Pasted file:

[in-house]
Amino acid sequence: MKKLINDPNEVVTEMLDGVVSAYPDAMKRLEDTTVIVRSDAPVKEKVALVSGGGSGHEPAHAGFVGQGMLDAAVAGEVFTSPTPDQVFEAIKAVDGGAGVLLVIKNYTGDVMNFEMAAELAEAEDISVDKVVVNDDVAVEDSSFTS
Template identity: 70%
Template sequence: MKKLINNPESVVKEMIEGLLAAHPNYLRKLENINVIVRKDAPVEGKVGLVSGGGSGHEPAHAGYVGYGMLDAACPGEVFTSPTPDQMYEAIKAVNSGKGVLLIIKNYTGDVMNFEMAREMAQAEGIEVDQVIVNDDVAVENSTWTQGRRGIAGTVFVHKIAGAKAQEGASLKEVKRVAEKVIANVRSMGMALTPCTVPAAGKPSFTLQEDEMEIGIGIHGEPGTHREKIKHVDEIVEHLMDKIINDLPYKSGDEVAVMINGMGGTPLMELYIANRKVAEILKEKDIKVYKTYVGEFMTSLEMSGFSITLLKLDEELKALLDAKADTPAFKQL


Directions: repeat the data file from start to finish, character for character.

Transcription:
[in-house]
Amino acid sequence: MKKLINDPNEVVTEMLDGVVSAYPDAMKRLEDTTVIVRSDAPVKEKVALVSGGGSGHEPAHAGFVGQGMLDAAVAGEVFTSPTPDQVFEAIKAVDGGAGVLLVIKNYTGDVMNFEMAAELAEAEDISVDKVVVNDDVAVEDSSFTS
Template identity: 70%
Template sequence: MKKLINNPESVVKEMIEGLLAAHPNYLRKLENINVIVRKDAPVEGKVGLVSGGGSGHEPAHAGYVGYGMLDAACPGEVFTSPTPDQMYEAIKAVNSGKGVLLIIKNYTGDVMNFEMAREMAQAEGIEVDQVIVNDDVAVENSTWTQGRRGIAGTVFVHKIAGAKAQEGASLKEVKRVAEKVIANVRSMGMALTPCTVPAAGKPSFTLQEDEMEIGIGIHGEPGTHREKIKHVDEIVEHLMDKIINDLPYKSGDEVAVMINGMGGTPLMELYIANRKVAEILKEKDIKVYKTYVGEFMTSLEMSGFSITLLKLDEELKALLDAKADTPAFKQL